In view of these findings, the effect of ambroxol on mice shortly after intranasal infection with a lethal dose of mouse-adapted influenza-A virus, the survival rate, the virus titre and concentrations of cellular regulators of virus multiplication and cytokines in the airway fluid were examined.
Materials and methods
Animals and materials
Specific pathogen-free female 3-week-old ddY 19 mice weighing 8–10 g (Japan SLC Inc., Shizuoka, Japan) were used. All animals were treated in accordance with the guidelines for animal experimentation set by Tokushima University. Mouse-adapted influenza A/Aichi/68 (H3N2) virus, a laboratory adaptation of the H3N2 pandemic influenza-virus subtype 20, was propagated in 10-day-old embryonated chicken eggs.
Virus infection and administration of ambroxal
Under anaesthesia with ether, mice were infected intranasally with 6.6×104 plaque forming units (PFU) of influenza-A virus in saline, the administration volume being 20 µL. Within 10–15 min of infection, each group of 10 animals received intraperitoneally (i.p.), twice daily, 200 µL injections of ambroxol (Boehringer Ingelheim, Ingelheim am Rhein, Germany) in saline at a total daily dose of 0, 4, 10, 20, and 30 mg·kg−1 body weight, respectively, for 7–10 days. For analysis of the concentrations of various compounds in the airway fluid and pathological changes, three groups of animals treated with ambroxol at 0, 10 and 30 mg·kg−1·day−1 were selected, 80 mice being used for each group. The virus levels in the airway fluid were examined by the immunofluorescent cell-counting method as reported previously 21.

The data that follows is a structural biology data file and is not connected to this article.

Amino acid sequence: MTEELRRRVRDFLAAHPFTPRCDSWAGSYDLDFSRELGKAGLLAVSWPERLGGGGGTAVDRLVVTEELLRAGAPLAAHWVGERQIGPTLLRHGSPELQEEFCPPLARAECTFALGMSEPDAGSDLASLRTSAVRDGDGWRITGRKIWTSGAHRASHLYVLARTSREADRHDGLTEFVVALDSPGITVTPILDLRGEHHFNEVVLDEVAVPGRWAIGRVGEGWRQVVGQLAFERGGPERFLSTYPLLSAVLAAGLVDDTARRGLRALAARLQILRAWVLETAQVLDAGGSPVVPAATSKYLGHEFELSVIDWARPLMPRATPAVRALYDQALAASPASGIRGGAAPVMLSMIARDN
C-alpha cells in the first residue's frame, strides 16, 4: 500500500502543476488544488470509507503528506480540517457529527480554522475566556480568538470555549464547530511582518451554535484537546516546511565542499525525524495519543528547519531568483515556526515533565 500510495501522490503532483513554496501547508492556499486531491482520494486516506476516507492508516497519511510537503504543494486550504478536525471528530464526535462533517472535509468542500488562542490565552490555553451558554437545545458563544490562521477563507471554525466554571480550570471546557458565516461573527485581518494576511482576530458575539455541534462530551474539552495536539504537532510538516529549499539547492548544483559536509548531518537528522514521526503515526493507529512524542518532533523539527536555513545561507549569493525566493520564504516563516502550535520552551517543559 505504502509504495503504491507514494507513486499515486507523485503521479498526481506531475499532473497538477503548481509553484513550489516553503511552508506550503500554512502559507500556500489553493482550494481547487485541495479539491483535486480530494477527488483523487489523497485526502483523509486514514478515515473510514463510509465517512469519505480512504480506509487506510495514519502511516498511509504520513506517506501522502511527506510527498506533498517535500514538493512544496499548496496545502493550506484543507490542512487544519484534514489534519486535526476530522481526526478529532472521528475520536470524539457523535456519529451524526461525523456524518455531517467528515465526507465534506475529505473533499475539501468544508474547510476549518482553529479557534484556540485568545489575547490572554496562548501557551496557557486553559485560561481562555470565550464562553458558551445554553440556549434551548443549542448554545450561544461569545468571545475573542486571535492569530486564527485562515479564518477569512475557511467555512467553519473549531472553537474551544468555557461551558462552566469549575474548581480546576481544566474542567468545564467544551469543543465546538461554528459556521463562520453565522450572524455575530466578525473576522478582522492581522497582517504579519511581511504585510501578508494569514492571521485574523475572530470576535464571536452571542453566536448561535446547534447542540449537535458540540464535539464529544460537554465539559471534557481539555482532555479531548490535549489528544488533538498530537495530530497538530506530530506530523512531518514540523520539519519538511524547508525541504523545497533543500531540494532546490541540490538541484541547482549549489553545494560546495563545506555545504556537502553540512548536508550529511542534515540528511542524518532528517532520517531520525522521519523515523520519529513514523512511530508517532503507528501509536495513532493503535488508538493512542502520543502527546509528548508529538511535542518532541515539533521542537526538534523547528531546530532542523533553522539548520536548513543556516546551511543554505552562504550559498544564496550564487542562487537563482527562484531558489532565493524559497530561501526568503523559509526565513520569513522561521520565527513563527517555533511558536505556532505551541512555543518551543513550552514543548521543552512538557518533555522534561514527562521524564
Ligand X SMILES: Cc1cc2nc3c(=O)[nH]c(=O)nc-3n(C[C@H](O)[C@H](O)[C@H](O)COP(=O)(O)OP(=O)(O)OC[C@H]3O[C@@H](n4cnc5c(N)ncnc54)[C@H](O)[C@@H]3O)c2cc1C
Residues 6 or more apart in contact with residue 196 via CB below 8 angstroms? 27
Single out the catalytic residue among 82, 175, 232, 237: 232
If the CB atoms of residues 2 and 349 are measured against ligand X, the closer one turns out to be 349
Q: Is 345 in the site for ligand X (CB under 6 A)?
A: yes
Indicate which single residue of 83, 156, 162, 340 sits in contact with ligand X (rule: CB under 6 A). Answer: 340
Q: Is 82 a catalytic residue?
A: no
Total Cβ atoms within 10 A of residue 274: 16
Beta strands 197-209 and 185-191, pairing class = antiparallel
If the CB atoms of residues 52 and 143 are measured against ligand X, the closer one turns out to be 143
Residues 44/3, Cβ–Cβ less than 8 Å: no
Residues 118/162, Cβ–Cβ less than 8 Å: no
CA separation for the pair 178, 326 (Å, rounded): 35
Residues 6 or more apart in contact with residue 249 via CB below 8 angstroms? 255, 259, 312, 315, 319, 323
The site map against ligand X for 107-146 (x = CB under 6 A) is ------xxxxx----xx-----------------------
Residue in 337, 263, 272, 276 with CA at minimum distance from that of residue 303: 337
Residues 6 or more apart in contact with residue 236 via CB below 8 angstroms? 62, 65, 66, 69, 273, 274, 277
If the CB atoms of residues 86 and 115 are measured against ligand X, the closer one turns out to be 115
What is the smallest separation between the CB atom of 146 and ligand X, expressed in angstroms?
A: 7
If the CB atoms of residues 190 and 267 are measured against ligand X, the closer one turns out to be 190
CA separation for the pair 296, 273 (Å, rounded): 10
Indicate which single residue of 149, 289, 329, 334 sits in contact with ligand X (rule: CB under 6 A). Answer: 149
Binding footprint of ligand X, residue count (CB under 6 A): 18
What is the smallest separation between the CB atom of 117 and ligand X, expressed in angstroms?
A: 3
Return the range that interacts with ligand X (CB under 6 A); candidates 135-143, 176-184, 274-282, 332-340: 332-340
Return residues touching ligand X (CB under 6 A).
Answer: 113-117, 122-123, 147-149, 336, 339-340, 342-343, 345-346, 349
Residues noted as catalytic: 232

Preparation of bronchoalveolar lavage fluid
Ambroxol was administrated i.p. to each mouse shortly after infection with influenza virus, and then 2 mL of bronchoalveolar lavage fluid (BALF) from each of five surviving mice was prepared from each group every day for 7 days as reported previously 22. The BALF was stored at −80°C until use.